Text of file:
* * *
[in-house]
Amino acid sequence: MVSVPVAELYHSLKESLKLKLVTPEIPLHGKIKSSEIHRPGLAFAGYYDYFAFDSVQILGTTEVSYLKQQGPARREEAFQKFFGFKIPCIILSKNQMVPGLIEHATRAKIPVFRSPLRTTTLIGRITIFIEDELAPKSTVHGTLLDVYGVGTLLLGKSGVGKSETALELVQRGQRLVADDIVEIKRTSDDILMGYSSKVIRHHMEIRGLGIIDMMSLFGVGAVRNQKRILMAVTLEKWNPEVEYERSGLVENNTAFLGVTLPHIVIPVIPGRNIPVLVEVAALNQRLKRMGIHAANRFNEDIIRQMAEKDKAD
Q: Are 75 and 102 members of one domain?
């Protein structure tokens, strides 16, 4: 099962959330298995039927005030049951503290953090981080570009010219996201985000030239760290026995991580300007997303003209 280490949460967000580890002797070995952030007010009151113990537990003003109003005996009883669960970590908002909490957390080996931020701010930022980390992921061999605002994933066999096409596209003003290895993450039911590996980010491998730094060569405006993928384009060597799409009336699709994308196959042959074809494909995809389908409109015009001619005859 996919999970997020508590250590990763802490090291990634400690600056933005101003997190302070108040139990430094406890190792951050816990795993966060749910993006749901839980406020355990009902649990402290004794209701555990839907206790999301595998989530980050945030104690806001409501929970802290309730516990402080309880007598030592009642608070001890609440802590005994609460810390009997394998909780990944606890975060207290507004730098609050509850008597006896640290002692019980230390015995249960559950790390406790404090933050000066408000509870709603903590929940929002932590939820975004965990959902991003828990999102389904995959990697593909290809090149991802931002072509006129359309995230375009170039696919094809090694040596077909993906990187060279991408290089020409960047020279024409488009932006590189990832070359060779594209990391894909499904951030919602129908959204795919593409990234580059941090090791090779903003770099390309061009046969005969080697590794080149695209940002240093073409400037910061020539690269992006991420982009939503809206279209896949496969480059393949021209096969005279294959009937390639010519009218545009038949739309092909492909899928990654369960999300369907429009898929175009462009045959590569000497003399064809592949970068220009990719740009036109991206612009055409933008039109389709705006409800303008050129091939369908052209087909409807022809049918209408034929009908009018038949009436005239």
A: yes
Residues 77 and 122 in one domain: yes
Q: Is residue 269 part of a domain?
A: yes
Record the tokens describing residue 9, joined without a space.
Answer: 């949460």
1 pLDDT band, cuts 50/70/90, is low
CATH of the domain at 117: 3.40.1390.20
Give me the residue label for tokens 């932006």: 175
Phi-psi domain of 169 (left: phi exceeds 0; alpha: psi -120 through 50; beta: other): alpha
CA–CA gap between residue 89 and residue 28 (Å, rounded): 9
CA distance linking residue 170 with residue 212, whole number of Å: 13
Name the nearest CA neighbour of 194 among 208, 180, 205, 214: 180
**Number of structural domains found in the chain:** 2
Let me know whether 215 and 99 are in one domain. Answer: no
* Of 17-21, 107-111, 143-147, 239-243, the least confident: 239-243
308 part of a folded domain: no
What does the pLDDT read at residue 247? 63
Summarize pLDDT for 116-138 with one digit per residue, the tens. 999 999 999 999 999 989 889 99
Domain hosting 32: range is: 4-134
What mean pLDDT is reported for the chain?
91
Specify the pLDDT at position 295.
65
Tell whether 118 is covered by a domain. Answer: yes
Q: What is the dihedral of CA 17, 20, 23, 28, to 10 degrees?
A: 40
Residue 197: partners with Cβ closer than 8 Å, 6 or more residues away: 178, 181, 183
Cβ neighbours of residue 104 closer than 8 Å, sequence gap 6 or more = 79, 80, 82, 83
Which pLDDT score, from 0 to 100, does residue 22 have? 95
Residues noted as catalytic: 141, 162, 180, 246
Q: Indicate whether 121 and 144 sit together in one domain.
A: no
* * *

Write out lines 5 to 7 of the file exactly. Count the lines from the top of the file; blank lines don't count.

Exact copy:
A: yes
Residues 77 and 122 in one domain: yes
Q: Is residue 269 part of a domain?